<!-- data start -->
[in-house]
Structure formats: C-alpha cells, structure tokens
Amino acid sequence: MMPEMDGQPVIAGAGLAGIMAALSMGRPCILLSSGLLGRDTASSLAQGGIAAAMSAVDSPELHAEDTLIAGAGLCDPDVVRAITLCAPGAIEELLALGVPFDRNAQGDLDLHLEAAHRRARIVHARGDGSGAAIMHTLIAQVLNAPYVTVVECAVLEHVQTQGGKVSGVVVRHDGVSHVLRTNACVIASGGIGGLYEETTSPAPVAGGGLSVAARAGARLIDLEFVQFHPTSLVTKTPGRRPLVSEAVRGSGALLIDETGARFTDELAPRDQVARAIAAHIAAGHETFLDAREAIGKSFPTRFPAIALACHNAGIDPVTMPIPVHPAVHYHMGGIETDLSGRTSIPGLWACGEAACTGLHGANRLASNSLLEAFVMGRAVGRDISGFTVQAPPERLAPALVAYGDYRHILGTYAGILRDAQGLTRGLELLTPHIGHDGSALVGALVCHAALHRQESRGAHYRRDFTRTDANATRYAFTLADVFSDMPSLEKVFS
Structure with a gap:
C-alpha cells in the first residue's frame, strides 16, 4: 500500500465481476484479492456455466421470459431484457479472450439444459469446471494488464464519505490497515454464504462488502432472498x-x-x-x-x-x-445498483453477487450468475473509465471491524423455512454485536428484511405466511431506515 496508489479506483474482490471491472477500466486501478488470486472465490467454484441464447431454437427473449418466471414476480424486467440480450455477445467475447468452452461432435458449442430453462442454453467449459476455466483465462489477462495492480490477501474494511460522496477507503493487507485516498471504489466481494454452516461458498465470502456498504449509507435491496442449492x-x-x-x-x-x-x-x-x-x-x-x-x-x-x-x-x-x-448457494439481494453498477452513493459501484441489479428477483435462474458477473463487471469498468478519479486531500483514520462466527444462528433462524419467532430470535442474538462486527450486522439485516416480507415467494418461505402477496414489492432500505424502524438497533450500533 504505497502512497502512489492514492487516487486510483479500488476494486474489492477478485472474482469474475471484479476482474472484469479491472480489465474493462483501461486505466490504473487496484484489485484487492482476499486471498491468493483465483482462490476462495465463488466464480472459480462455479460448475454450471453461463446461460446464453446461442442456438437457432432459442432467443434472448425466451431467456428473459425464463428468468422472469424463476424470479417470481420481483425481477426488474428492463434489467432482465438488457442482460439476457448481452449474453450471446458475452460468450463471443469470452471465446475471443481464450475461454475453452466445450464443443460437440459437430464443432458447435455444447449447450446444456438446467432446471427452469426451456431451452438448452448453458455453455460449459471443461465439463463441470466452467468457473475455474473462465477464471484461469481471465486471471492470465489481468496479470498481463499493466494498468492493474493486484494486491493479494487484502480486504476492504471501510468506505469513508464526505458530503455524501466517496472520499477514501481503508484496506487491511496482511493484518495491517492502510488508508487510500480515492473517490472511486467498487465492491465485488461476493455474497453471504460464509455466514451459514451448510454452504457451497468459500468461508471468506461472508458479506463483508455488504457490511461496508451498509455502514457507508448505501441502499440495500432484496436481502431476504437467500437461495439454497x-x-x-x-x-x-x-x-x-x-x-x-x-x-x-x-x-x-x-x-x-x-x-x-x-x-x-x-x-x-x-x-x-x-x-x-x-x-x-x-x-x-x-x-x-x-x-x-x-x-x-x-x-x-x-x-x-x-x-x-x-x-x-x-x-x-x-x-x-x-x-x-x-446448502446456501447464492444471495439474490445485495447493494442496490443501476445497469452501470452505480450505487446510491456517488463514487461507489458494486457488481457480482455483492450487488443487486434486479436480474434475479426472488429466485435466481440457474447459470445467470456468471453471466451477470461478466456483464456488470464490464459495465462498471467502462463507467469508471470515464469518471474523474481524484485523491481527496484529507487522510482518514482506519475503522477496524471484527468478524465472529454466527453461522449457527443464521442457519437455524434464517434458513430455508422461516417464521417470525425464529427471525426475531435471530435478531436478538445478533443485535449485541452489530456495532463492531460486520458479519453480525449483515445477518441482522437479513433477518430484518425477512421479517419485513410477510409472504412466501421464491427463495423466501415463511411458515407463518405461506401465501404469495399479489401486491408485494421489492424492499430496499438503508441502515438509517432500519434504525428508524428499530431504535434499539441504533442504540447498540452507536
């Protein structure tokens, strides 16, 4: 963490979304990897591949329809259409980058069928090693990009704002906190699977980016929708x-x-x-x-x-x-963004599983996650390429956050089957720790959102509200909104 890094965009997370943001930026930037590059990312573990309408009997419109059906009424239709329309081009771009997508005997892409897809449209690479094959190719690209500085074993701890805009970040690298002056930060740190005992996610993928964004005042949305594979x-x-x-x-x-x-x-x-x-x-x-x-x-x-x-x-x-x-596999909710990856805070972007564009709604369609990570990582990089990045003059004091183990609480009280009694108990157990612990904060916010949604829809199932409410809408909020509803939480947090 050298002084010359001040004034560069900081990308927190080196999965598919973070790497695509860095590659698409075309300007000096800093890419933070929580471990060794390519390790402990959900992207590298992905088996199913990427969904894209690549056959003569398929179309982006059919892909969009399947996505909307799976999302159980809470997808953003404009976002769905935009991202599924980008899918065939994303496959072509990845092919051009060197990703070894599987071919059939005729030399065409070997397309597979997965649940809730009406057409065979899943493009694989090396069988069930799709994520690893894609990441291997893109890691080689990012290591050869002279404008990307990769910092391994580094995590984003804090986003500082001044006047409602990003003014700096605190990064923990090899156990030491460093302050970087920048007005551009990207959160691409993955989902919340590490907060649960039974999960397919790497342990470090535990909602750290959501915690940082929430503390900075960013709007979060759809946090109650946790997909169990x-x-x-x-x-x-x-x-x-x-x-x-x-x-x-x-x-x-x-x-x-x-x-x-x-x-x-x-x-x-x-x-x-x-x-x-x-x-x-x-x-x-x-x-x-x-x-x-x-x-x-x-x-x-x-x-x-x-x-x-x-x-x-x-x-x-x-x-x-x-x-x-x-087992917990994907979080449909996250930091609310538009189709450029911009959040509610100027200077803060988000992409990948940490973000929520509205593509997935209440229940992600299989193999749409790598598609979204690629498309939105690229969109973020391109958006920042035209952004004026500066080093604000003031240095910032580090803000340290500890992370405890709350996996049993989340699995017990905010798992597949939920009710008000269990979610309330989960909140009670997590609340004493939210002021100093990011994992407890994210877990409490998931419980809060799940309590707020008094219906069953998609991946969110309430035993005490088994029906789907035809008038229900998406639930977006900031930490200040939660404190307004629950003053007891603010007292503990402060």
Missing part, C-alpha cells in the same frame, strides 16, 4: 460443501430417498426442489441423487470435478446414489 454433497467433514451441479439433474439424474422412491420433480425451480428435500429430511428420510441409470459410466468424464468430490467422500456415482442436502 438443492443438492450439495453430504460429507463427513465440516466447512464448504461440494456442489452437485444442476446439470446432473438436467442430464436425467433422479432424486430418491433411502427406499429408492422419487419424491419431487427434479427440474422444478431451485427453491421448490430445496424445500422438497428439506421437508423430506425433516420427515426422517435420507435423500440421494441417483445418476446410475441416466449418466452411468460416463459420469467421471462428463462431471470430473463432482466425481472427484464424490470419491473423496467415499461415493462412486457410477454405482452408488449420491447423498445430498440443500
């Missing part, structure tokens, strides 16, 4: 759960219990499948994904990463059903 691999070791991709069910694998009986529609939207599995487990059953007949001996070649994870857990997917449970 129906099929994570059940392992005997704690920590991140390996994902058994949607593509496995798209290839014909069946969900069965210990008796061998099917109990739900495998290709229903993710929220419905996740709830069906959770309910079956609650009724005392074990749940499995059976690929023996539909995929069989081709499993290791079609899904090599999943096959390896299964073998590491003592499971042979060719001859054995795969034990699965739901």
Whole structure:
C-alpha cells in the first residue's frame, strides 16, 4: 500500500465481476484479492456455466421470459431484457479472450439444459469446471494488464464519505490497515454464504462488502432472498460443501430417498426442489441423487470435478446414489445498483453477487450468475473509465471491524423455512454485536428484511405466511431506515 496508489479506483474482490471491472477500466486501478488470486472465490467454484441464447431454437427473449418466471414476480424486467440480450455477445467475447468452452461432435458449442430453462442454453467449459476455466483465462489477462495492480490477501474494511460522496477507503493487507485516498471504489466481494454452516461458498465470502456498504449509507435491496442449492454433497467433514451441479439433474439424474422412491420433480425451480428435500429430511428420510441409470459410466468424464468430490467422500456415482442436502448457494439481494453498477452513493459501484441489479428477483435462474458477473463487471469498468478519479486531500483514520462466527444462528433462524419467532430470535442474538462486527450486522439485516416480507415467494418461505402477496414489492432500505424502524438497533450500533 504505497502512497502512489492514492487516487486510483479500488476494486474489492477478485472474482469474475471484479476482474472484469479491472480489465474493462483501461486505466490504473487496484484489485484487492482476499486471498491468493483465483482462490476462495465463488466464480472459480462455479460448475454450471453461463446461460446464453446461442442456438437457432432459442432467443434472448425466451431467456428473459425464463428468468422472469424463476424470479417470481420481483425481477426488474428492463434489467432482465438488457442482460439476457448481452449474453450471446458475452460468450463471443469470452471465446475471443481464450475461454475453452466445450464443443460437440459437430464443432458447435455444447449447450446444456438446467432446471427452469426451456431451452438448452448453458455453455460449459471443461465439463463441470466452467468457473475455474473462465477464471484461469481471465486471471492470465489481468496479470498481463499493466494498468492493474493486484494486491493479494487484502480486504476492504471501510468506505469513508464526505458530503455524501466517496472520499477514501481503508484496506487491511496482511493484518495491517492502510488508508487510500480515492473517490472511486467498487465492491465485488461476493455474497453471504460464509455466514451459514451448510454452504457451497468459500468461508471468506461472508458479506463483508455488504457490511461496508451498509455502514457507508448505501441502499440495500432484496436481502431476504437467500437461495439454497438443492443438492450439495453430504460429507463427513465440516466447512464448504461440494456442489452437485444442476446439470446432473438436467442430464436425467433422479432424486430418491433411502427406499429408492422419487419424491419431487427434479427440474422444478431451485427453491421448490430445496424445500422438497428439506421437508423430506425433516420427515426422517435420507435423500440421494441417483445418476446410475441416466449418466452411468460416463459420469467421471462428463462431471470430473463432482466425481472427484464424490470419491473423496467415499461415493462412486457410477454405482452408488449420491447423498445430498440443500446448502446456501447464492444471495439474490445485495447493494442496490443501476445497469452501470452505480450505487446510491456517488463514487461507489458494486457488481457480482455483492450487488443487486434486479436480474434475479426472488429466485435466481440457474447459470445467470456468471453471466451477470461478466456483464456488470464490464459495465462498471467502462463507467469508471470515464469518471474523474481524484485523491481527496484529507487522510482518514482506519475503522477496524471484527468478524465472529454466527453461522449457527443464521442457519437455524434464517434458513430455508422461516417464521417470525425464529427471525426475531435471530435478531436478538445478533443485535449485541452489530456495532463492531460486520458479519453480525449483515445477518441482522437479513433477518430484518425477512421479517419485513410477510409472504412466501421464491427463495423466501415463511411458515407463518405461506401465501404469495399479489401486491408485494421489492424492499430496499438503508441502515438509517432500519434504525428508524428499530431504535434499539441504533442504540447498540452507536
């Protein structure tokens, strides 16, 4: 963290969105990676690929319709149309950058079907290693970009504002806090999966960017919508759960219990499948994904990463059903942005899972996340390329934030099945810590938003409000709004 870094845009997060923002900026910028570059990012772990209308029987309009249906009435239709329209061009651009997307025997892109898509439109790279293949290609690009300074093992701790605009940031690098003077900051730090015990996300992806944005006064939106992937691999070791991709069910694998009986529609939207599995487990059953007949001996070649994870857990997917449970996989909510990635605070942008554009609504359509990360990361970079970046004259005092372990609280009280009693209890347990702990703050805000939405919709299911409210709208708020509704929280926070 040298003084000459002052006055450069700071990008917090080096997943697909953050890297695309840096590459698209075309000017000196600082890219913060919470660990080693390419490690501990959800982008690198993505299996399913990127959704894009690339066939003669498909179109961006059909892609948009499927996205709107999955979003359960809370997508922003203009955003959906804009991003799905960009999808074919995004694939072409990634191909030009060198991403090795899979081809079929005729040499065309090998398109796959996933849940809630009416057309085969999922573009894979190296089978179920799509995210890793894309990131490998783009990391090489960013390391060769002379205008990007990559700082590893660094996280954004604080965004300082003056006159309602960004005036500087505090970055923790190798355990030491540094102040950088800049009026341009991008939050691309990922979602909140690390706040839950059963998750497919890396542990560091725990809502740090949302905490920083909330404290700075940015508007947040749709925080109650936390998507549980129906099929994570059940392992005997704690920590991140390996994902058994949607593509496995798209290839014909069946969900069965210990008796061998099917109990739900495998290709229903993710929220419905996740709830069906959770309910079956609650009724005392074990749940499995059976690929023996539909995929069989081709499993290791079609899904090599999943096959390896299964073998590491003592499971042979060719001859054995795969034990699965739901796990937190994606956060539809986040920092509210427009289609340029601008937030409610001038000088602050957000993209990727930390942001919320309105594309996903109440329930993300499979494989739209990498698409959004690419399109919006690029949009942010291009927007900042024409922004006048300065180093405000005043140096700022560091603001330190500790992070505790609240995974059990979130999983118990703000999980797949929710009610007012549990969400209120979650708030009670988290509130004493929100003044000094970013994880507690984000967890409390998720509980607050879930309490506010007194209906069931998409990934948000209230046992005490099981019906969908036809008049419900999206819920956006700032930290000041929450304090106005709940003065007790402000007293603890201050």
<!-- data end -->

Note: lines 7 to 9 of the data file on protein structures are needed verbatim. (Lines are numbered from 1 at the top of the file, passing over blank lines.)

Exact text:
Missing part, C-alpha cells in the same frame, strides 16, 4: 460443501430417498426442489441423487470435478446414489 454433497467433514451441479439433474439424474422412491420433480425451480428435500429430511428420510441409470459410466468424464468430490467422500456415482442436502 438443492443438492450439495453430504460429507463427513465440516466447512464448504461440494456442489452437485444442476446439470446432473438436467442430464436425467433422479432424486430418491433411502427406499429408492422419487419424491419431487427434479427440474422444478431451485427453491421448490430445496424445500422438497428439506421437508423430506425433516420427515426422517435420507435423500440421494441417483445418476446410475441416466449418466452411468460416463459420469467421471462428463462431471470430473463432482466425481472427484464424490470419491473423496467415499461415493462412486457410477454405482452408488449420491447423498445430498440443500
């Missing part, structure tokens, strides 16, 4: 759960219990499948994904990463059903 691999070791991709069910694998009986529609939207599995487990059953007949001996070649994870857990997917449970 129906099929994570059940392992005997704690920590991140390996994902058994949607593509496995798209290839014909069946969900069965210990008796061998099917109990739900495998290709229903993710929220419905996740709830069906959770309910079956609650009724005392074990749940499995059976690929023996539909995929069989081709499993290791079609899904090599999943096959390896299964073998590491003592499971042979060719001859054995795969034990699965739901």
Whole structure: